Have you been served with a Temporary Restraining Order (TRO) by a partner or family member? A false accusation must be handled with an experienced criminal defense attorney’s expert support to avoid a variety of potential outcomes. The charge of domestic violence comes with steep costs, including a criminal record, potential time behind bars, and a ruined reputation that can wreak havoc in your personal, educational, and professional life.
While restraining orders are an important tool for protecting victims, they are also commonly abused in difficult family situations. They can seriously jeopardize the parental and legal rights of an unjustly accused individual.
At The Bronzino Law Firm, LLC, we have extensive experience handling restraining order cases of all kinds. Whether you are the victim of violence and abuse and in need of legal protection, or have been wrongly accused of abuse and need to protect your rights, our firm is ready to provide you with personal, attentive, and effective legal service throughout the restraining order process.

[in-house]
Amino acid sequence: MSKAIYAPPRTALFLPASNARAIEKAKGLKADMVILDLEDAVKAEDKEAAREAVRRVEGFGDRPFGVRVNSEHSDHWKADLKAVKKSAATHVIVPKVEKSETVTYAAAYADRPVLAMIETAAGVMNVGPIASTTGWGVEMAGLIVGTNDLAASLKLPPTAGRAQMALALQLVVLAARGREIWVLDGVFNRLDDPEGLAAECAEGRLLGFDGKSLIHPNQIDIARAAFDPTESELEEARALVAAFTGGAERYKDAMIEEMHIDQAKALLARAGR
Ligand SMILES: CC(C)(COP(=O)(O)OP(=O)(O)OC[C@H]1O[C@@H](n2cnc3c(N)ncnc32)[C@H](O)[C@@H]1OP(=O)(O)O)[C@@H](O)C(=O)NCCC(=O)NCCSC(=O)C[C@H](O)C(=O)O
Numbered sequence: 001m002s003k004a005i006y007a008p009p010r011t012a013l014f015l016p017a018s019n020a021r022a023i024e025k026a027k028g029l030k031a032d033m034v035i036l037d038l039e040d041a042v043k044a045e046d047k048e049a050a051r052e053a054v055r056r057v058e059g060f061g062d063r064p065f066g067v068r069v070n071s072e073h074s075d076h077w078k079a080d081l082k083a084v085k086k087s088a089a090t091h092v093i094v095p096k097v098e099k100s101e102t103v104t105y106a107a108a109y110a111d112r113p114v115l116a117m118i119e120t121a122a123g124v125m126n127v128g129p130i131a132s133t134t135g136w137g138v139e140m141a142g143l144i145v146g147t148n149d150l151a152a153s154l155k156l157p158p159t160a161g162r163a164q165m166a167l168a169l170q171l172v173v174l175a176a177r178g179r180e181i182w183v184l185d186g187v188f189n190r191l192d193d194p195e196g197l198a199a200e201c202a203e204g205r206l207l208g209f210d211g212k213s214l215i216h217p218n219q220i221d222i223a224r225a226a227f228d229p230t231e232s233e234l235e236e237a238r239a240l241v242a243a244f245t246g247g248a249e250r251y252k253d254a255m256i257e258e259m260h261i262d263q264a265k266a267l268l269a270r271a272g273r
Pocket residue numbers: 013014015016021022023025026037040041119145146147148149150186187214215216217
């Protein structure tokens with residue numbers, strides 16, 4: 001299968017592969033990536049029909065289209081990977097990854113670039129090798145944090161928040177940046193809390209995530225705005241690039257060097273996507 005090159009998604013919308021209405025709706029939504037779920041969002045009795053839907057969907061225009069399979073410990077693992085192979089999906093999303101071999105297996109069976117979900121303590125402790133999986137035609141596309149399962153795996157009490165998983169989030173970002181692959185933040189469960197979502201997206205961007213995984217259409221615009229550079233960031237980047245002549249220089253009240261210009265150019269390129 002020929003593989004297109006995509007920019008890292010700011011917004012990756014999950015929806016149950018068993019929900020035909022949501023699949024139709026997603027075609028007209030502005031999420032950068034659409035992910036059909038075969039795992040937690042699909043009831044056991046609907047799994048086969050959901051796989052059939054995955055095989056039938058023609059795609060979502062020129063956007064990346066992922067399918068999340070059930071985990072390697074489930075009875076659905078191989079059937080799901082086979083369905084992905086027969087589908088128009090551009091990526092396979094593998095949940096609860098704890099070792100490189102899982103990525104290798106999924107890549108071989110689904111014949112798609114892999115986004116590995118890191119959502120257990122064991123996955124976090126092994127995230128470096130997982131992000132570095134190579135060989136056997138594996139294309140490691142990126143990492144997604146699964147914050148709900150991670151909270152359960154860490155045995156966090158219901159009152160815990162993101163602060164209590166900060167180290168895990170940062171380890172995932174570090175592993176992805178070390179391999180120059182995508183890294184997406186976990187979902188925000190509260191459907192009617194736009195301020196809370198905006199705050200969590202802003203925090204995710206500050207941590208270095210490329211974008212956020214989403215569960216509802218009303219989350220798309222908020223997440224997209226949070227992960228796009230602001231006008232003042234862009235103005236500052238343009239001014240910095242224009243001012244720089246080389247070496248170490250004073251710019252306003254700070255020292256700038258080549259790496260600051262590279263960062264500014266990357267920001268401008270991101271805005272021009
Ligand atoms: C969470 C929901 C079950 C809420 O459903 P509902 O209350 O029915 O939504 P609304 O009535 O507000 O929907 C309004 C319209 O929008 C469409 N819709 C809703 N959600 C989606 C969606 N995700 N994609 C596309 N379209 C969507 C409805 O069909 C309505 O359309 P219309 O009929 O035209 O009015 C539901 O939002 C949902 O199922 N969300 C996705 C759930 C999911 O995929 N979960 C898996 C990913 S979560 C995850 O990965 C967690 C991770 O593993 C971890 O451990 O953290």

Importance of Appealing or Vacating a Final Restraining Order in New Jersey
In most cases, a Final Restraining Order (FRO) issued under the NJ Prevention of Domestic Violence Act (PDVA) does not expire. Although a victim can later request a dismissal or the defendant can request through the appeal that it be vacated, if neither party takes any action, the FRO could last until either party dies.
If a FRO has been entered either to protect you or against you, or if the entry of one is pending, it’s important to understand the consequences. Our recent article “What needs to be proven to obtain a Final Restraining Order (FRO)?” details how important it is to understand what it would take to dismiss or vacate such an order and how having a skilled attorney to protect your rights can make the difference between freedom and limitations to one’s employment, educational, housing, child custody status.